What happened to the other Game of Thrones dragons?
5,000 years before the show began, men of the Valyrian Freehold – Dany’s ancestors – used dragons to wage war across Essos, Westeros’ neighbouring continent. Yet they were almost entirely wiped out in a volcanic event known as the Doom of Valyria, which just one noble family – the Targaryens – survived.
Aegon the Conqueror is the last known Targaryen to have called upon dragons, and used the final three in existence to unify the Seven Kingdoms. In the ASOIAF books the last dragon is a small, sickly green female who gave birth to five eggs that never hatched. The show isn’t quite that specific about its final dragons, but Tyrion tells a similar story about them being “the size of cats” in Game of Thrones season 6 (opens in new tab).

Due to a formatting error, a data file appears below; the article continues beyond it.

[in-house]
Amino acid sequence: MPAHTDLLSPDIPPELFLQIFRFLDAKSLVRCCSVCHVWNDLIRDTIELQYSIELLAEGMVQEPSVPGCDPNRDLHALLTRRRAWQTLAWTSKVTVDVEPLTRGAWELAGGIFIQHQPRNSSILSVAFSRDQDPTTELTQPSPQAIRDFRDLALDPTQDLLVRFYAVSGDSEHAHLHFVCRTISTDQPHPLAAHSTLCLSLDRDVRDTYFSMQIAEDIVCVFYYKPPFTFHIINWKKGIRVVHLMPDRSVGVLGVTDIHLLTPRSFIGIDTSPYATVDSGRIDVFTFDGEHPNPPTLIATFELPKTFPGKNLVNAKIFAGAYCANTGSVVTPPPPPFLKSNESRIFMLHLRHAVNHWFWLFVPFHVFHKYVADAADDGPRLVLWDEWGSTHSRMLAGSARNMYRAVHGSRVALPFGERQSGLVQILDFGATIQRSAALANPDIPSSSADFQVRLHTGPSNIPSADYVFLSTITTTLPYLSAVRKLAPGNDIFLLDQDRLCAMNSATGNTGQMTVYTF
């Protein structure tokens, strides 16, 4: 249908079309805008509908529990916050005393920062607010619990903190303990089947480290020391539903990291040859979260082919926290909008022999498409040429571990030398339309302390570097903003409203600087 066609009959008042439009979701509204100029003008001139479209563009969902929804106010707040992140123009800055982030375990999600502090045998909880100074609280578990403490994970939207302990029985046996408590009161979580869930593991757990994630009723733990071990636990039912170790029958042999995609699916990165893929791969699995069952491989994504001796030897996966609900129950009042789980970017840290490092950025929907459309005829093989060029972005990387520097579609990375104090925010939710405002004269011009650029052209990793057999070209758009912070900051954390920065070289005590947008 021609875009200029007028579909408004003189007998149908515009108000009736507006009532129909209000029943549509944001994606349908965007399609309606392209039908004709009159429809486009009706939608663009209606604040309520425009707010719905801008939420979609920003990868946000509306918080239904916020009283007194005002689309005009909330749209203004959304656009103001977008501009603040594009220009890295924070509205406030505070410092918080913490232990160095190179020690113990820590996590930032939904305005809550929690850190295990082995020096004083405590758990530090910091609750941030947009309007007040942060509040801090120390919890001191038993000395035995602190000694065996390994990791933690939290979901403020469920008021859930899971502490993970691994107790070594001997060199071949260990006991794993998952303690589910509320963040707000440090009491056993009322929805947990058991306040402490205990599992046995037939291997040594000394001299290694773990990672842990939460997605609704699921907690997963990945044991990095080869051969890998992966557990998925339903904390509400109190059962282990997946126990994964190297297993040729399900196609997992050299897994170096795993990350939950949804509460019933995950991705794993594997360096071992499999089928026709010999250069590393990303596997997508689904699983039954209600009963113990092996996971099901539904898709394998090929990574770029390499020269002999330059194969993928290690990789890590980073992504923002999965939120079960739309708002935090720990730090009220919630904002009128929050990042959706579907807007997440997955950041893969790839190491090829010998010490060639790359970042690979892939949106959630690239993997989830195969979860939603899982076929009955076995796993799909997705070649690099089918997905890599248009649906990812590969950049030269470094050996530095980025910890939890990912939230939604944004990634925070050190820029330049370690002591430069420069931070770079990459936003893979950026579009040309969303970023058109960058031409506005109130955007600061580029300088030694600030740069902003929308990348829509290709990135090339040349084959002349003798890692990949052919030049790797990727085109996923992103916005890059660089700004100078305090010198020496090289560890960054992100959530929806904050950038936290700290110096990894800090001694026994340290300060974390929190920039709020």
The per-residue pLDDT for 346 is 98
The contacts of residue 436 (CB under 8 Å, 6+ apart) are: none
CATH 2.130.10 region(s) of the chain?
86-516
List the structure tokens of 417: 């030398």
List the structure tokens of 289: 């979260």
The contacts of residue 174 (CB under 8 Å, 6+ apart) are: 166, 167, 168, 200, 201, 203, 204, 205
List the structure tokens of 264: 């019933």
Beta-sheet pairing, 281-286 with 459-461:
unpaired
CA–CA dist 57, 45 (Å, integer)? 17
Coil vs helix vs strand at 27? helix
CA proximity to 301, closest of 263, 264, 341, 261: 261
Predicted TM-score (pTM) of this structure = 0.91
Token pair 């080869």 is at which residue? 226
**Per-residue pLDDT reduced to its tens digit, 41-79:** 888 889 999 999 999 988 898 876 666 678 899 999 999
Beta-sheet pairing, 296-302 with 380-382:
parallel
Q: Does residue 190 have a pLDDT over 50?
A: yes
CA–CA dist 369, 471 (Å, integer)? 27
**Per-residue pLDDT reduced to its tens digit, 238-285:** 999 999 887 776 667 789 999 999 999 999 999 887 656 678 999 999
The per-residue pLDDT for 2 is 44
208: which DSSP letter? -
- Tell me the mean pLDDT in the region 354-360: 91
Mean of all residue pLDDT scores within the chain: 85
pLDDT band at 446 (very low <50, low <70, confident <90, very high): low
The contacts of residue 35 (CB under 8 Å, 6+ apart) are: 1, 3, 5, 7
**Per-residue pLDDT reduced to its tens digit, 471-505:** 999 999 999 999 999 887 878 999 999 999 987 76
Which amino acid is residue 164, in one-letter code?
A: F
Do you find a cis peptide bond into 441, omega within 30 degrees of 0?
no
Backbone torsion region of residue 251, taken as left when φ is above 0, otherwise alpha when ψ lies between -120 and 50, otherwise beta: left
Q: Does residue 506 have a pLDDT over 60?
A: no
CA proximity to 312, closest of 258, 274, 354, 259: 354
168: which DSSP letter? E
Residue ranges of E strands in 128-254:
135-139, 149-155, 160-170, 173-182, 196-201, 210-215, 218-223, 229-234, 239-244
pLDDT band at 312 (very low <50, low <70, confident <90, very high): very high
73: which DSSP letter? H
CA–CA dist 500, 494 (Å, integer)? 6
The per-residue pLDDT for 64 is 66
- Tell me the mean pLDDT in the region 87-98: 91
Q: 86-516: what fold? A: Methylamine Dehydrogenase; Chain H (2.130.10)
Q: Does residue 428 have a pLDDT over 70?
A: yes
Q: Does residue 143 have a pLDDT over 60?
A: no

Game of Thrones season 1 begins around a century later, with the creatures long extinct, and petrified dragon eggs the only thing left of the species. These are assumed to be decorative, but Dany senses that may not be that case upon receiving Illyrio’s gifts. Sure enough, the season 1 finale sees the species resurrected in spectacular fashion.
Where are the Game of Thrones dragons now?
Ahead of season 8, two are alive. One is dead… and yet more dangerous than ever.
A fiery highlight of season 7 saw Drogon, Rhaegal, and Viserion fly north of the wall to aid Jon Show in his titanic battle against the wights and White Walkers. It appeared successful until Viserion took a fatal blow to the neck, and sank beneath a frozen lake. Drogon and Rhaegal escaped with Dany and everyone else, and were last seen at the dragonpit parley where the houses of Westeros agreed to a truce. (Lol.)
Viserion, however, wasn’t left to rest in peace. The wights heaved him from the lake to be reanimated by the Night King, and the now blue-eyed wonder closed out the season by destroying Eastwatch-by-the-Sea’s castle and a huge portion of the Wall with icy blue fire – enabling the undead army to swarm into the Seven Kingdoms.
How will the Game of Thrones dragons affect season 8?